In recent years, the trend toward “medical tourism”—the practice of traveling to another country for medical treatment—has increased. This is especially the case for women. Patients are most often interested in going overseas for surgery or dental care because they want to save money, and opting for care abroad can result in lower bills. However, the initial low cost of going to another country for treatment can come with serious and expensive unforeseen consequences.
First, it is not guaranteed that a hospital in another country will be held to the same standards of accreditation and certification of medical staff as their U.S. counterparts. Foreign countries may also not have strict screening standards for blood donations, which can put a patient at risk of infection from blood-borne disease should they require an infusion during treatment. Medication counterfeiting is also a huge problem in some parts of the world, meaning that the drugs a patient receives abroad may be useless or even harmful.
Even if a patient does their homework and obtains their care from an excellent facility, traveling far from home for treatment means that they receive no long-term follow-up care. Depending on the procedure, patients may head back home after only a short period of convalescence. Travel itself can pose a risk in this situation, as the chance of developing a blood clot increases with air travel shortly after a surgical procedure. If any complications arise in the weeks and months following such a procedure, then the patient must obtain care locally, as a practical matter.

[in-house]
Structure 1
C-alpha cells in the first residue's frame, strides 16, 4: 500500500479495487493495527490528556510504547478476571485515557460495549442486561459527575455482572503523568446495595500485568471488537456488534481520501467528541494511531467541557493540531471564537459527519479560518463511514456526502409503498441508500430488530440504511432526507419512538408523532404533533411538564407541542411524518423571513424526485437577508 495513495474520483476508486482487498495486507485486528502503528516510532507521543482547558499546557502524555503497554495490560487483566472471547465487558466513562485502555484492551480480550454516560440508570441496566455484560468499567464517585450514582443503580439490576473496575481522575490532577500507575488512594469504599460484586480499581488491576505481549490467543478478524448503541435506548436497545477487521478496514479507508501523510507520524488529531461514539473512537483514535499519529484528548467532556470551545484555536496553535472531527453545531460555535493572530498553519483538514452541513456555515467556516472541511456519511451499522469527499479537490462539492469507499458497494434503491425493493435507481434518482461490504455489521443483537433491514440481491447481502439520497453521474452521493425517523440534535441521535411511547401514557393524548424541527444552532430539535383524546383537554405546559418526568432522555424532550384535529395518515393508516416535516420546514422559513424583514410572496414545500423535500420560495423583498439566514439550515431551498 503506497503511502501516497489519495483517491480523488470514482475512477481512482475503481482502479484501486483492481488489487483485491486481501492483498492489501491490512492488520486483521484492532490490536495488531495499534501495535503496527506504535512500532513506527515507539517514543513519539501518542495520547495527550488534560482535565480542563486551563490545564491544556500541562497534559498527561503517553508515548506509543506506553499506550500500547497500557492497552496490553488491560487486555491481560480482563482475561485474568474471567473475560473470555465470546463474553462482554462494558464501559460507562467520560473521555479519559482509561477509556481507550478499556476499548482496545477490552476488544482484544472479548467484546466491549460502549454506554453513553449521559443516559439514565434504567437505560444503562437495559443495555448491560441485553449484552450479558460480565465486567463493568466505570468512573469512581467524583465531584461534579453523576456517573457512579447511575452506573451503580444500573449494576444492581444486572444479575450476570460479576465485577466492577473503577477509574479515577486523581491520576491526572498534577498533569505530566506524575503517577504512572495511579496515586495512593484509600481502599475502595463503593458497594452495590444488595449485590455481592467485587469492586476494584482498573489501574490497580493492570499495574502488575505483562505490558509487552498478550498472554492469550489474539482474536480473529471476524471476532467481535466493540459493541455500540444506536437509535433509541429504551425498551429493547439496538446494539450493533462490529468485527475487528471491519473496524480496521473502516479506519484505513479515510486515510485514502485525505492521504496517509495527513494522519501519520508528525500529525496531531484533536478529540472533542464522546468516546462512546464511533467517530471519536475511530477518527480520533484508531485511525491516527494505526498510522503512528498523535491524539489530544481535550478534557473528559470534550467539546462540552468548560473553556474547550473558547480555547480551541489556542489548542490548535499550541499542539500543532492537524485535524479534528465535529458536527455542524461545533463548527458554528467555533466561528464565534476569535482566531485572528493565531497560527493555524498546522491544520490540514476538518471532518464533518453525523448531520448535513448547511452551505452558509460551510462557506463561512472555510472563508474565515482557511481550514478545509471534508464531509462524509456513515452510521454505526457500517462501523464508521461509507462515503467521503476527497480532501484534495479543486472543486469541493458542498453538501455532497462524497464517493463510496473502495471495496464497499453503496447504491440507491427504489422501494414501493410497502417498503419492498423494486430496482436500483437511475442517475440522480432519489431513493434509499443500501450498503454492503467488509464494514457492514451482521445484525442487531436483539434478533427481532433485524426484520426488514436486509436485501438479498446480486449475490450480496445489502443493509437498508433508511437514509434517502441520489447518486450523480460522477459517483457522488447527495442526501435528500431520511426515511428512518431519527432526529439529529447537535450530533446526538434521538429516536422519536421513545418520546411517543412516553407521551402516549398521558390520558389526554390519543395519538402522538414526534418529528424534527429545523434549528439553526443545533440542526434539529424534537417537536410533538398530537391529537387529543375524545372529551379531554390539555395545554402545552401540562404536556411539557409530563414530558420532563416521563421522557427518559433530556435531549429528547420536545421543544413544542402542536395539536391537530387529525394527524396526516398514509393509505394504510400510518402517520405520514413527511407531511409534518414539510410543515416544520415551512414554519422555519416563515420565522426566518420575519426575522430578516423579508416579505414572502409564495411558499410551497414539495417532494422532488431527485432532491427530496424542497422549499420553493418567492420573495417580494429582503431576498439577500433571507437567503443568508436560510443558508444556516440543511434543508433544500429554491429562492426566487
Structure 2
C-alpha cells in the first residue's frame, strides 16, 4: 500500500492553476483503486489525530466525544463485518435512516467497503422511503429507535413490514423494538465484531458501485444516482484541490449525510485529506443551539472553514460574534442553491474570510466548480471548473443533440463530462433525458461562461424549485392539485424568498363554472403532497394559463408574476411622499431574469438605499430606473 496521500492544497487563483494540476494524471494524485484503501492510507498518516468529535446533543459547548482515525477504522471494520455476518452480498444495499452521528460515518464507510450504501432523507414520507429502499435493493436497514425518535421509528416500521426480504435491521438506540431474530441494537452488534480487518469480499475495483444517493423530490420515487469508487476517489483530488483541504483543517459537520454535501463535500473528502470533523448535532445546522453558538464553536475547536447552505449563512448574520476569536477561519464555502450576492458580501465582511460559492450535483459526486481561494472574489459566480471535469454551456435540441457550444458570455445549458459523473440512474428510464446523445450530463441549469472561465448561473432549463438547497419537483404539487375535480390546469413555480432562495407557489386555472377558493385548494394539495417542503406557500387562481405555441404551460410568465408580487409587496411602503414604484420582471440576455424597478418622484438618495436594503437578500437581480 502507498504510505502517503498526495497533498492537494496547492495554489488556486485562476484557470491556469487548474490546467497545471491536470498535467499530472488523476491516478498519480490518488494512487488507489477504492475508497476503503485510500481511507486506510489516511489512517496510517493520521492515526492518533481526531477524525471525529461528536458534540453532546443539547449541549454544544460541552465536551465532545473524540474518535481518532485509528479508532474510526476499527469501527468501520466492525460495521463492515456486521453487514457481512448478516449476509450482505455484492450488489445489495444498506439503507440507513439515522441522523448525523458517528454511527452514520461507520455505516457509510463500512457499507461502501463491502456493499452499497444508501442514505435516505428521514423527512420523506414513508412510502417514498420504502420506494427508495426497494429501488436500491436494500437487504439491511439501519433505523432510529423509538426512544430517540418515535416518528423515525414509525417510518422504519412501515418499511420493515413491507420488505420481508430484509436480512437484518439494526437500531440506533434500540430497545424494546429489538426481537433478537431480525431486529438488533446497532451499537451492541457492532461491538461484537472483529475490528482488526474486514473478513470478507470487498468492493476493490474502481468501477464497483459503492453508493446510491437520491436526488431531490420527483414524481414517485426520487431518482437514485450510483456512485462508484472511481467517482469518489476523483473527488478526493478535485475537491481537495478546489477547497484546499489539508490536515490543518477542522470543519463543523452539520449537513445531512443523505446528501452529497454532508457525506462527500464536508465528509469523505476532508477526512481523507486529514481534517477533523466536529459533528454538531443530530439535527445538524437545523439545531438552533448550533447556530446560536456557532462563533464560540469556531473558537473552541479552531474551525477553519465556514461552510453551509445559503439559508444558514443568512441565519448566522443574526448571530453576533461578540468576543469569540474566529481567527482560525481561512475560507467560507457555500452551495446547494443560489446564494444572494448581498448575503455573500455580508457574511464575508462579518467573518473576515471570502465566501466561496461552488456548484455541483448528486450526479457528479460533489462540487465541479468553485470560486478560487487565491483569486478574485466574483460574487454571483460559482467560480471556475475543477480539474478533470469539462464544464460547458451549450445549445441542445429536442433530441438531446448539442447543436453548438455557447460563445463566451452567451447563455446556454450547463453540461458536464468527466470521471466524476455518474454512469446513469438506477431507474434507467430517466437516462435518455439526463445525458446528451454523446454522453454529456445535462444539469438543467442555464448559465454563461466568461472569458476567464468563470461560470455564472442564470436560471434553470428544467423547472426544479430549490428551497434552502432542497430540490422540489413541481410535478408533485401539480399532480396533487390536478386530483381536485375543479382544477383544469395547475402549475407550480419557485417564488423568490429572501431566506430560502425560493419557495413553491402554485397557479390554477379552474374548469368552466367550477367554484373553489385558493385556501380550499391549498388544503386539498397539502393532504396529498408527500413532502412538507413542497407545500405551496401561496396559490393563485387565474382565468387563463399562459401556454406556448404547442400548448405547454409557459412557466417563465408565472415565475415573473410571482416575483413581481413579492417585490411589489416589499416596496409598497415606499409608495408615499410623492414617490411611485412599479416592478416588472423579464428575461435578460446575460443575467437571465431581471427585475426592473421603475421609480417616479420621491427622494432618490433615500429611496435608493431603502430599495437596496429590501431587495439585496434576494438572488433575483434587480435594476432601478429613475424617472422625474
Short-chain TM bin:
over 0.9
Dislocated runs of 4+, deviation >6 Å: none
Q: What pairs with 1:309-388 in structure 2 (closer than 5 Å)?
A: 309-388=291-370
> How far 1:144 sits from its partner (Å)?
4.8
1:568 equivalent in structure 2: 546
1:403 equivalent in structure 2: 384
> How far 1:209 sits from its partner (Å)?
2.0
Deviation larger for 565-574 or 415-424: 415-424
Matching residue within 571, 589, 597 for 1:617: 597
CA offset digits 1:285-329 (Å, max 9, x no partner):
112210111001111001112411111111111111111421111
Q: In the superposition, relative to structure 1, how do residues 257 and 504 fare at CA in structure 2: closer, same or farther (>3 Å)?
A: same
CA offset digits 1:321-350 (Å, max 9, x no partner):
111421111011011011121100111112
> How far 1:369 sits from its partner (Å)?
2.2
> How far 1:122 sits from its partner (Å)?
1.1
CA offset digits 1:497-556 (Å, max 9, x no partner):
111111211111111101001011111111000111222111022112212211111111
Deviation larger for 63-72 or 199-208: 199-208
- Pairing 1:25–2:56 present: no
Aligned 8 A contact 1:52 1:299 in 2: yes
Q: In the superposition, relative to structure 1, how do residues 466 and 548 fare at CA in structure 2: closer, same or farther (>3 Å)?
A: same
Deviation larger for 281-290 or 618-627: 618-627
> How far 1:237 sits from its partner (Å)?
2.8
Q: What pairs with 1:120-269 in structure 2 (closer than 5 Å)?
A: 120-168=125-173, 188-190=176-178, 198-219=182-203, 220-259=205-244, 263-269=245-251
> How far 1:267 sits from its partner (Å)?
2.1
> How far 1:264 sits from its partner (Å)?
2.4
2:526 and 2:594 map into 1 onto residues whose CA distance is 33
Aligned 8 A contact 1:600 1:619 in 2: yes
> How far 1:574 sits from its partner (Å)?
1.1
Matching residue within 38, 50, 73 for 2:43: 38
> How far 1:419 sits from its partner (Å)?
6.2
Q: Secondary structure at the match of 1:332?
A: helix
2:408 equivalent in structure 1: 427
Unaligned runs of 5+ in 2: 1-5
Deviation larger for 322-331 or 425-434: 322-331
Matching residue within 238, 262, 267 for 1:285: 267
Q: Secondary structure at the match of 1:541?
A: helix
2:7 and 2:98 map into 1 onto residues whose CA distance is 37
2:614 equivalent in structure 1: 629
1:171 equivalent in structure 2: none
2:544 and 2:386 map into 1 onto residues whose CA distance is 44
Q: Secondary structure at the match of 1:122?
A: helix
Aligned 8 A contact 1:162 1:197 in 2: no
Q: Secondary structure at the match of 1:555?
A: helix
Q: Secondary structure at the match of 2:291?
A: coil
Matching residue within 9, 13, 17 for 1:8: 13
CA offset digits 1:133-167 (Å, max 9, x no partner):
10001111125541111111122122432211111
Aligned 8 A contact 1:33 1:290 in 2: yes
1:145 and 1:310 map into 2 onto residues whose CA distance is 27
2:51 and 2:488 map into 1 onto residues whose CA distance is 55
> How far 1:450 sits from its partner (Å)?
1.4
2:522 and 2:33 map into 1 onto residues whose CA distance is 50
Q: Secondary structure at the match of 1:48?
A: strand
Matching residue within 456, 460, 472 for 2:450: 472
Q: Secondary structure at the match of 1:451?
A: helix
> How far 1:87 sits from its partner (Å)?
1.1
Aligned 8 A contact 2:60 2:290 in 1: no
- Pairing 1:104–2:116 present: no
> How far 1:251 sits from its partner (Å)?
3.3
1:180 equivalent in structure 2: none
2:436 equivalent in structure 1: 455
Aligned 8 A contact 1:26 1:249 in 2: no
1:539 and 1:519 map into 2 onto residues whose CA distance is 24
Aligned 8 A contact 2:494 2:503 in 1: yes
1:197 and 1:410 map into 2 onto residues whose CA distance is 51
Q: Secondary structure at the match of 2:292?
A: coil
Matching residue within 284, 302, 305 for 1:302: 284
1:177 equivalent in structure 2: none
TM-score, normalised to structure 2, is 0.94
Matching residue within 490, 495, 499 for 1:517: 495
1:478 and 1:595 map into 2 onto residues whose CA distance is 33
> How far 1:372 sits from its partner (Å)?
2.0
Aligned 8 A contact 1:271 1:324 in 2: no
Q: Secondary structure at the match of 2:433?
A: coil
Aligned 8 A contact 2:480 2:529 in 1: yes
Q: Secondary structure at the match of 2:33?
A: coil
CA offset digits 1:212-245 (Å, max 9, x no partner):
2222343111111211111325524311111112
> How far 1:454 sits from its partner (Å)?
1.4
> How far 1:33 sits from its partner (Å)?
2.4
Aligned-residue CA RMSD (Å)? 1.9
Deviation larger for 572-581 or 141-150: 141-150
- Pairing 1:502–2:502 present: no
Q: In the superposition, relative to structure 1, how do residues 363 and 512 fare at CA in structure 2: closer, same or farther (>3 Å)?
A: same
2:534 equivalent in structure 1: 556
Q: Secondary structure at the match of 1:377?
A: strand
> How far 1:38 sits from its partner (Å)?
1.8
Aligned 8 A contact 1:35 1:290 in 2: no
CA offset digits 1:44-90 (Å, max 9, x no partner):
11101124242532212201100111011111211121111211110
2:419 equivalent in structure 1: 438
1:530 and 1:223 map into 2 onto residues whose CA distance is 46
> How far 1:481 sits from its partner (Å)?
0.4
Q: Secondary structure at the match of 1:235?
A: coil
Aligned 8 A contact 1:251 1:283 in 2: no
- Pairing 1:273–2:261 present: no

One of the most common risks from overseas medical treatment is infection. Antibiotic resistance is a worldwide problem. While patients can encounter antibiotic-resistant bacteria anywhere, such superbugs are often more common in other countries than they are in the U.S. In addition, facilities in foreign countries are not necessarily held to the same standards of cleanliness and infection control as American hospitals, factors that can make it more likely for a patient to contract a dangerous infection.
Going abroad for treatment also means that patients forego the clear protections they are entitled to under U.S. law. Should a procedure go wrong or a patient receive substandard care in a foreign country, attempting to sue for malpractice can result in a legal morass that delays a patient’s recovery of damages for years, if it is possible to obtain compensation at all. It may not be possible to sue a doctor in another country in an American court, and even if a patient obtains a judgment, they may not be able to ever collect on it. That leaves the patient on the hook for any medical bills or other costs resulting from their poor medical treatment.
The best way to look out for your health is to find a high-quality provider at home who can manage your treatment before, during, and after a surgical procedure. When your doctor or dentist has the full picture, they can help you avoid potential complications and manage any unforeseen effects.
Information was provided by Robert G. Hale. D.D.S